Abstract - Journal of Clinical and Experimental Toxicology (2020) Volume 4, Issue 4
Differential effect of iodine bioorganic molecular complex on host defense in balb/c and c57bl/6 mice
Long experience in the use of various iodine preparations has shown that while possessing pronounced antibacterial and antiviral properties, wide-spectrum antimicrobial activity, and lacking mutagenic and teratogenic effects, they are toxic when introduced to the human body, which significantly narrows the scope of their clinical application. The search for alternative ways to solve the problem of high toxicity of inorganic iodine compounds has led to the development of iodine-containing organic complexes. The manifestation of the phagocytic response is a significant indicator of the body reactivity state and level of its immune activity. The coordination compound of iodine with alpha-dextrin and polypeptides was synthesized at the Scientific Center for Anti-Infectious Drugs JSC, the effect of which on the phagocytic activity of granulocytes and monocytes in BALB/c and C57BL/6 mice was studied. Phagocytosis is considered as one of the major host defense function, which is a fundamental component of the innate immune response /1/.
Materials and methods: The animals of each line were divided into 3 groups of 10 mice, including 5 females and 5 males. Two doses of the drug were used in the study: 1/20 of maximum tolerated dose (MTD) is 125 mg/kg and 250 mg/kg (1/10 MTD) of animal weight. Blood was collected on day 14 after the administration of the drug. The analysis was performed by flow cytometry. Findings: It was shown that a new complex of iodine with bioorganic molecules upon repeated oral administration for 14 days in the examined doses did not affect the phagocytosis in BALB/c mice. The findings indicated that a new complex of iodine with bioorganic molecules at a dose of 250 mg/kg increased the phagocytic activity of both granulocytes and monocytes in C57BL/6 mice.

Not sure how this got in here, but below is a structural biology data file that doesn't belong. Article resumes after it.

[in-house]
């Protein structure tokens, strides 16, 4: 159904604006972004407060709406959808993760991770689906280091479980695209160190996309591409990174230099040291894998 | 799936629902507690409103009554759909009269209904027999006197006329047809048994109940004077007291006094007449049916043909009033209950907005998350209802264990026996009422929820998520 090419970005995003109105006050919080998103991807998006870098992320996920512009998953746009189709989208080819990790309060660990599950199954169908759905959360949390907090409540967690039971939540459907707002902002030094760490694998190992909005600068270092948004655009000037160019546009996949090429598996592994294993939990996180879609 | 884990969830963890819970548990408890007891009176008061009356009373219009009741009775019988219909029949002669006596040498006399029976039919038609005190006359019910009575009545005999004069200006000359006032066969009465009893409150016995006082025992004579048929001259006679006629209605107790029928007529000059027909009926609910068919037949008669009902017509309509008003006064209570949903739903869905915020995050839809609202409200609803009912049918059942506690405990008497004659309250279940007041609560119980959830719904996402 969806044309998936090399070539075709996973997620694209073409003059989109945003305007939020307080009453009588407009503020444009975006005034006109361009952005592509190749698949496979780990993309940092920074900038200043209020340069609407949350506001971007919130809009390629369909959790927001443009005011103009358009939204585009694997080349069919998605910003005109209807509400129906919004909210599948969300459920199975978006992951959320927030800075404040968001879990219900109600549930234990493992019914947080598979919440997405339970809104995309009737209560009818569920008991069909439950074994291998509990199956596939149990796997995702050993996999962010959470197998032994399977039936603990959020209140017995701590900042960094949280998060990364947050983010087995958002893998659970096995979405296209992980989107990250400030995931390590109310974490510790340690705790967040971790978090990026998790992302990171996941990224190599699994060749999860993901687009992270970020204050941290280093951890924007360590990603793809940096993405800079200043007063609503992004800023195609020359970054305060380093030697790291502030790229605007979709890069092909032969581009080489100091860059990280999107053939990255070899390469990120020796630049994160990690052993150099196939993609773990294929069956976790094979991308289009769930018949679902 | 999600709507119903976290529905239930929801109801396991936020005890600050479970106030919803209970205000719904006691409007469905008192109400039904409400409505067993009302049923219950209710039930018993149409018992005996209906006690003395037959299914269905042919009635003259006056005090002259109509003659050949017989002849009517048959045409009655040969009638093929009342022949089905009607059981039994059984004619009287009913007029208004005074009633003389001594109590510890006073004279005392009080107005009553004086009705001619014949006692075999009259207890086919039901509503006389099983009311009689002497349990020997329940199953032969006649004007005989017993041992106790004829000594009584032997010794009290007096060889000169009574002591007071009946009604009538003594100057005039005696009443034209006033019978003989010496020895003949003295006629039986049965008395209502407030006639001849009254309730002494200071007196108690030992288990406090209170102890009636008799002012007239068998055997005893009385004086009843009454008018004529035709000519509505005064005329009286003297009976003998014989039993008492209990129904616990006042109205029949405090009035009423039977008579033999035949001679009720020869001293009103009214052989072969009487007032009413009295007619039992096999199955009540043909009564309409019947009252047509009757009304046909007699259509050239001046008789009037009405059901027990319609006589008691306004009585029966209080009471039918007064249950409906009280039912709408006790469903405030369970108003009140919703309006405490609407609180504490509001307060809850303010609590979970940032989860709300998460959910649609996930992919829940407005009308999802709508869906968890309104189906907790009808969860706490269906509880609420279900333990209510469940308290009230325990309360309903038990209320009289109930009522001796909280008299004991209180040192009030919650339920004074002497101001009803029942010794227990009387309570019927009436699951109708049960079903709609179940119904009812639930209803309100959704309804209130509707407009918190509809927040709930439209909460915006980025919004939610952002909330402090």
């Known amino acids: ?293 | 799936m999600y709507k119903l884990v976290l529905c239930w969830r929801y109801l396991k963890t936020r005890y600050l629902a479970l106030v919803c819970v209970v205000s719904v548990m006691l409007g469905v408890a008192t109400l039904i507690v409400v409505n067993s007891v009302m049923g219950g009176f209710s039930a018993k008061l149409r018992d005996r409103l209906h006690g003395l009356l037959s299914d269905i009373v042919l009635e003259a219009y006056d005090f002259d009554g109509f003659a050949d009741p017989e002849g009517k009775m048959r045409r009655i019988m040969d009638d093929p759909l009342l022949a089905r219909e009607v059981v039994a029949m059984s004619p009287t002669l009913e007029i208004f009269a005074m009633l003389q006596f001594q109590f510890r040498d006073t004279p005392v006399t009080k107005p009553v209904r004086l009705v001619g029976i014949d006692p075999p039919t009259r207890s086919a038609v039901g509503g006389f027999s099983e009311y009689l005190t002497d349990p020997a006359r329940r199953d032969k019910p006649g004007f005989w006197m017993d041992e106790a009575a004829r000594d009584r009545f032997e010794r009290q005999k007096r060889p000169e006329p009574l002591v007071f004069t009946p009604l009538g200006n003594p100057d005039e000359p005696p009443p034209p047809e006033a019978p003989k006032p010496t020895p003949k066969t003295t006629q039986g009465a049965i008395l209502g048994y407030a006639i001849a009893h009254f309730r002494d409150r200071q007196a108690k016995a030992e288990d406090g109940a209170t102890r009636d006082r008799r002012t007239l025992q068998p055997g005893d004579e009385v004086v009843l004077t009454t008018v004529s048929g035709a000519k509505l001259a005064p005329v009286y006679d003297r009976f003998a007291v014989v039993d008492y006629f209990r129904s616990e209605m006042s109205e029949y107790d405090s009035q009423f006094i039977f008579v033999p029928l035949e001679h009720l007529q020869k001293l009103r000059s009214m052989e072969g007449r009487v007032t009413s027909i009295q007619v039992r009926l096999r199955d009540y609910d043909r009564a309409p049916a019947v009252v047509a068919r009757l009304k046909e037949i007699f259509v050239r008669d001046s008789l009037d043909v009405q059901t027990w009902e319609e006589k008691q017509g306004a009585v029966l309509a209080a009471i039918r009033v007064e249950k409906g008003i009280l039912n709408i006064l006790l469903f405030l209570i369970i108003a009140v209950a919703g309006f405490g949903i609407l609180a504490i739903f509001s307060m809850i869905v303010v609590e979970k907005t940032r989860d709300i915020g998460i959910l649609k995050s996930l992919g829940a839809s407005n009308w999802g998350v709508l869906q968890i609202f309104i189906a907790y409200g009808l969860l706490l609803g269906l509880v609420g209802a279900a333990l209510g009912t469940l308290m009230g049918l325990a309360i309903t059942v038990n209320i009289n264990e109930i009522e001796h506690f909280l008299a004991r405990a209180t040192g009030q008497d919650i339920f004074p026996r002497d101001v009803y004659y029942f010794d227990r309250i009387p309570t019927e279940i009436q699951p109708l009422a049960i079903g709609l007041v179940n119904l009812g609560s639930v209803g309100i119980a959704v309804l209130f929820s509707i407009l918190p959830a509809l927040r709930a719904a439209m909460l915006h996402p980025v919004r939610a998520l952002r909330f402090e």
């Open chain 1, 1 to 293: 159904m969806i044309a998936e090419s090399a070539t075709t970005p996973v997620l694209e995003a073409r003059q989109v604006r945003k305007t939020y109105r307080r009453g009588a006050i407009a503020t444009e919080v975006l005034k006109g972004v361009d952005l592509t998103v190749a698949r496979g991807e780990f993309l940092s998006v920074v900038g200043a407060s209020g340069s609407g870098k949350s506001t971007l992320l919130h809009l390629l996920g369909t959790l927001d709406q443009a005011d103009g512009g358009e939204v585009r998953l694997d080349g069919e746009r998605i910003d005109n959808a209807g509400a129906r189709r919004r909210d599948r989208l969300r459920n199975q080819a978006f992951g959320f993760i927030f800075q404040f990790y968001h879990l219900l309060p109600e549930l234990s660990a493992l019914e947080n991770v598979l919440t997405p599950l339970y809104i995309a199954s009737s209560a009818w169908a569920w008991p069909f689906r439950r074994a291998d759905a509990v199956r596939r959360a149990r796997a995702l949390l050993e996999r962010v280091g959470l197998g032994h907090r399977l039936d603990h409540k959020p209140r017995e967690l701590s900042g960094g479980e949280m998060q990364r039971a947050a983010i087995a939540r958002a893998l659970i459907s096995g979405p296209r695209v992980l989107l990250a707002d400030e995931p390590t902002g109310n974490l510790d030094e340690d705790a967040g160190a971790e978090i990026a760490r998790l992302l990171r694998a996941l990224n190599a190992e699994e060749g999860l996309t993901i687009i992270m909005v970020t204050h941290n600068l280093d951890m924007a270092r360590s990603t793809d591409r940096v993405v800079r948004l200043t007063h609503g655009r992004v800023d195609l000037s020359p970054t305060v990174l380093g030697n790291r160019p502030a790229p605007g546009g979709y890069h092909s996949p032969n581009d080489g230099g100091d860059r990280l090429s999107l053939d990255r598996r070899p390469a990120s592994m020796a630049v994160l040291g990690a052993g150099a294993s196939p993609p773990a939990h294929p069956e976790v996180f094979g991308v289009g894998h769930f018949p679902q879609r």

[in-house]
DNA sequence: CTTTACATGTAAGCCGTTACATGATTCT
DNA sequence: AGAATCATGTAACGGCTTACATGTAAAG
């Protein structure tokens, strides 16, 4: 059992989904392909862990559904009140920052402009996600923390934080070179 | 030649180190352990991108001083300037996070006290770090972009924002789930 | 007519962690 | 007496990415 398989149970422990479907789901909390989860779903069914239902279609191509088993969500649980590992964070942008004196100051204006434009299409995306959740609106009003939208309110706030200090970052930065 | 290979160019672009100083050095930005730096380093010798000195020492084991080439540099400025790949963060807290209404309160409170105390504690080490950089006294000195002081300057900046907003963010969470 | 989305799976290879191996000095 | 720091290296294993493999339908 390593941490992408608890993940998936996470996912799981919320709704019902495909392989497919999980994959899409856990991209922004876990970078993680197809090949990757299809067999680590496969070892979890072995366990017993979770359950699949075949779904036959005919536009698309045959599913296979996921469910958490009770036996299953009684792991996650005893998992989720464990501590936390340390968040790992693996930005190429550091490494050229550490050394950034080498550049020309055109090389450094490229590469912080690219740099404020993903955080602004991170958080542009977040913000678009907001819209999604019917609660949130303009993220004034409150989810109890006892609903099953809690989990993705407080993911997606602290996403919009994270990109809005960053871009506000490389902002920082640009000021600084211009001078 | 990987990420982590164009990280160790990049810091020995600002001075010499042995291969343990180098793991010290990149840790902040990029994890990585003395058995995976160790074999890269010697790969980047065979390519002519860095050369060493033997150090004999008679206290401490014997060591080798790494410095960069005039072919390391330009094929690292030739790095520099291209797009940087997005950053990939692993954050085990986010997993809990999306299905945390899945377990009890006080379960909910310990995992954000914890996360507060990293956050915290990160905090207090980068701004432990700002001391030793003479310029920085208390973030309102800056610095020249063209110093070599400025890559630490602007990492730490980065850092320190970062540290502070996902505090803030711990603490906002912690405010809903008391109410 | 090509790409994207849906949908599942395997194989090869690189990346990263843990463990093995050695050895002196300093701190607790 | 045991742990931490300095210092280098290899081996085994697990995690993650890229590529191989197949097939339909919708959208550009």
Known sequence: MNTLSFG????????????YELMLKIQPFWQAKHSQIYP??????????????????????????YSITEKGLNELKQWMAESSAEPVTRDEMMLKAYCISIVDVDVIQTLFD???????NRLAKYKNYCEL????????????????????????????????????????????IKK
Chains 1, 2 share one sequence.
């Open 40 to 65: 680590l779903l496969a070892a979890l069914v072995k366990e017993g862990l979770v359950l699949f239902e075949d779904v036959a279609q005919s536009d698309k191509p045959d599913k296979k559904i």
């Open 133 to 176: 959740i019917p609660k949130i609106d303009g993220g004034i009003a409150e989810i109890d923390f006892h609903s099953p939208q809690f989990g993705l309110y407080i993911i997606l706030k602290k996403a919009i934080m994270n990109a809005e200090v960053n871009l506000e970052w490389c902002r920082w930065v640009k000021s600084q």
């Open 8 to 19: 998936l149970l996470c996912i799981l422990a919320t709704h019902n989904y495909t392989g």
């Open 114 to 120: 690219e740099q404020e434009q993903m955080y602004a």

Conclusion & Significance: One of the explanations for the differential effect of a new complex of iodine with bioorganic molecules on different lines of mice may be based on the genetic characteristics of these animals. Macrophages of BALB/c mice are known to be of M-2 type, which inhibits inducible NO synthesis and stimulates cell division. Macrophages of C57BL/6 mice are of M-1 type, which produces NO and inhibit cell division, and increases the cytostatic or cytotoxic activity of phagocytes.
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We can therefore conclude that a new complex of iodine with bioorganic molecules enhances the cellular factors of the natural resistance in the prototype mouse strains Th1 (C57BL/6), but not Th2 (BALB/c). This, in turn, fits into the single mechanism of action of the studied complex, namely, the activation of phagocytic cells through the induction of IFN-γ production and the ability of the complex to switch T cells to the Th1-type response path.